Aging affects the bones, muscles, and discs surrounding the spine, resulting in changes in posture, body mechanics, and function.
As we age, the intervertebral discs, which provide shock absorption for the spine, harden and lose their flexibility. These changes result in decreased height of the spine and increased forward curvature of the upper back, termed kyphosis. Loss of body height and a change in walking pattern may also occur. Generally, one-half inch of height is lost every 10 years after the age of 40 and loss of height occurs more rapidly after the age of 70 with an individual losing between 1 to 3 inches of height in their lifetime.
Bone density decreases during the aging process, as well. Decreased production of bone or increased uptake of bone in the body results in varying degrees of low bone mass known as osteopenia or osteoporosis and occurs because of decreased levels of calcium in the body. Low bone mass places individuals at an increased risk for compression fractures of the spine, especially in those over the age of 50 and post-menopausal women.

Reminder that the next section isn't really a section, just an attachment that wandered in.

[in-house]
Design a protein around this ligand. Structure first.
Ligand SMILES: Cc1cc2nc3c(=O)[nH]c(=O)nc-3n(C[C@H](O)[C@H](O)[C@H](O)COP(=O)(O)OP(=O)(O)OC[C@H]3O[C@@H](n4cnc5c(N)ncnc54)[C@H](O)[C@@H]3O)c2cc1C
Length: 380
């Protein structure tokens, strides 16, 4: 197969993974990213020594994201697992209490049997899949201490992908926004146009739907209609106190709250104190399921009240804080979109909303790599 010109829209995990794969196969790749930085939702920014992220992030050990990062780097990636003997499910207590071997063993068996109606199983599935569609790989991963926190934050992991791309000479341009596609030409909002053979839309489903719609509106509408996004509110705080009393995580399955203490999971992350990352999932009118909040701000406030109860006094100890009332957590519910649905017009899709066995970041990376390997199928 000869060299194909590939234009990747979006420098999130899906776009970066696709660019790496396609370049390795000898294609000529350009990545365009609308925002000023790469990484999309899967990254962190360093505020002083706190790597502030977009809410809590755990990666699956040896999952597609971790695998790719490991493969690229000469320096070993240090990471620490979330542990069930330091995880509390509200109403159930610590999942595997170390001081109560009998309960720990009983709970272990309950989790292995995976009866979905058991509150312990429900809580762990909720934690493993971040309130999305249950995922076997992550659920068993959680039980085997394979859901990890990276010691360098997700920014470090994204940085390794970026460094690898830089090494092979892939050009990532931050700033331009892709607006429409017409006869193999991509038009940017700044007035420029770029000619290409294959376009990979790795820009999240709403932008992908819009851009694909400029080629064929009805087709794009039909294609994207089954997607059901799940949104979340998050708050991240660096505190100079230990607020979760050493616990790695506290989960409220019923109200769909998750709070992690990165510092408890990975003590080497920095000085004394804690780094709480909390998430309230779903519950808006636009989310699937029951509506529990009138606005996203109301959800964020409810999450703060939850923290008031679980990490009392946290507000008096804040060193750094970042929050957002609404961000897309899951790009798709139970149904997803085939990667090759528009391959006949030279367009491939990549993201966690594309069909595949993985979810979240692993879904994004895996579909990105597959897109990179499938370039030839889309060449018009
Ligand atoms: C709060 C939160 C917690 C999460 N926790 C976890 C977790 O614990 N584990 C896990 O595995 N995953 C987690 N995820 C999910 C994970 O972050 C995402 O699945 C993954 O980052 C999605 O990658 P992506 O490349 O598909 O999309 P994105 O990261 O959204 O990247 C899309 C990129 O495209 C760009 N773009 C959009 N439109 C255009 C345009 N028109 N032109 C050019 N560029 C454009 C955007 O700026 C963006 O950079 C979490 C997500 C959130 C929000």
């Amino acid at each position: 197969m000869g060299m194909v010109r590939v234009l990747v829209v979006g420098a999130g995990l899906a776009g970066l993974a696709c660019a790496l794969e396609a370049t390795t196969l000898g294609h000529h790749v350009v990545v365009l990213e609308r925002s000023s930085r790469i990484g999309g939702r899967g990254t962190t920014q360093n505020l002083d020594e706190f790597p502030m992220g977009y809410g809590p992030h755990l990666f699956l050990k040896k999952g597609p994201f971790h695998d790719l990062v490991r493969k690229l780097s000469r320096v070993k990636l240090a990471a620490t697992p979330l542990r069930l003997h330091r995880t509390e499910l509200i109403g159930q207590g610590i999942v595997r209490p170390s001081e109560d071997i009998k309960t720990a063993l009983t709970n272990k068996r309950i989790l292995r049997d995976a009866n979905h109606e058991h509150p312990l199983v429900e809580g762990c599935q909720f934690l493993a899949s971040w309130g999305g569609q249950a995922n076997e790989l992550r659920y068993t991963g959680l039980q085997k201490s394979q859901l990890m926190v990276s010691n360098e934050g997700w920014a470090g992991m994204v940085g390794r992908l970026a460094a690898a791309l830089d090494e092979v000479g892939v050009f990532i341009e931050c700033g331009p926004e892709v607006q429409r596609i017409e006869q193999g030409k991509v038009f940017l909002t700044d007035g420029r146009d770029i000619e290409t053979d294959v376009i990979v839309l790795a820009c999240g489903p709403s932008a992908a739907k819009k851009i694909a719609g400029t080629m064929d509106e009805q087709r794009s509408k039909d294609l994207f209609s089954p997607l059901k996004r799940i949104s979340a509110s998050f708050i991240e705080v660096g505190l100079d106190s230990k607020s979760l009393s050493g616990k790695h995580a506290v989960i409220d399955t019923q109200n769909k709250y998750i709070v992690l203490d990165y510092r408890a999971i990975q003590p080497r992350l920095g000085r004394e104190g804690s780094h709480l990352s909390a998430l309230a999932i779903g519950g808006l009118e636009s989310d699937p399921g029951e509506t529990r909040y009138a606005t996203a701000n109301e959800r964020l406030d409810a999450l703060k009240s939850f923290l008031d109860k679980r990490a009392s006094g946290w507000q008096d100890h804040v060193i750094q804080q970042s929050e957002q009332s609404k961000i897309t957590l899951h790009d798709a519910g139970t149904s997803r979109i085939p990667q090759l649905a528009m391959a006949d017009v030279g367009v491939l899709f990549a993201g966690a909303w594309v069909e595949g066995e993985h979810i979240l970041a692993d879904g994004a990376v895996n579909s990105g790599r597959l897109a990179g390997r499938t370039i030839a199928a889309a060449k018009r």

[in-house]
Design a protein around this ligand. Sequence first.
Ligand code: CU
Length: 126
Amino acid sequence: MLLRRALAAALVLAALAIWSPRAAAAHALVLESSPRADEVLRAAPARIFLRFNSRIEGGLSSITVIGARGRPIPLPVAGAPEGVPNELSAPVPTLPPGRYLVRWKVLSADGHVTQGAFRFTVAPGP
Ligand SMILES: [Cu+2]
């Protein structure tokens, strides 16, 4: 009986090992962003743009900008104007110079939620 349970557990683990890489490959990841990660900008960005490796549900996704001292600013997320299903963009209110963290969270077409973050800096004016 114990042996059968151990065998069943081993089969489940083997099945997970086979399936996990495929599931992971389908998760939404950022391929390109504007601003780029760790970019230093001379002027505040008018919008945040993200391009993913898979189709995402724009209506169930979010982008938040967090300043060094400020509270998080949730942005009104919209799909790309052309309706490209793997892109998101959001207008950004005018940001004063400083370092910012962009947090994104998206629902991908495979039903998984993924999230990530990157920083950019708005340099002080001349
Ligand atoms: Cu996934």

Loss of muscle mass occurs as we age as muscle is replaced by fat and fibrous tissue. This results in decreased strength of the muscles and reduces the support that the muscles provide for the spine, also increasing the forward curvature of the spine.
It’s important to utilize proper posture and body mechanics to reduce the risk of injury that an aging spine can incur due to poor posture and improper lifting technique. To maintain proper posture in sitting and standing, imagine a plumb line positioned along the side of your body. Your ears, shoulders, hips, knees, and ankles should connect in a straight line down your body. You may need to pull your head and shoulders back, pull in your stomach, and make sure that your weight is distributed on the balls of your feet to position your body in better alignment. Avoid sleeping on your stomach and place a pillow between your legs when sleeping on your side or under your legs if you sleep on your back.
Practicing correct posture and following the guidelines listed below for proper lifting will improve alignment and reduce stress on the structures of the spine, whether caring for an elderly spouse, picking up a grandchild, or lifting a bag of groceries.
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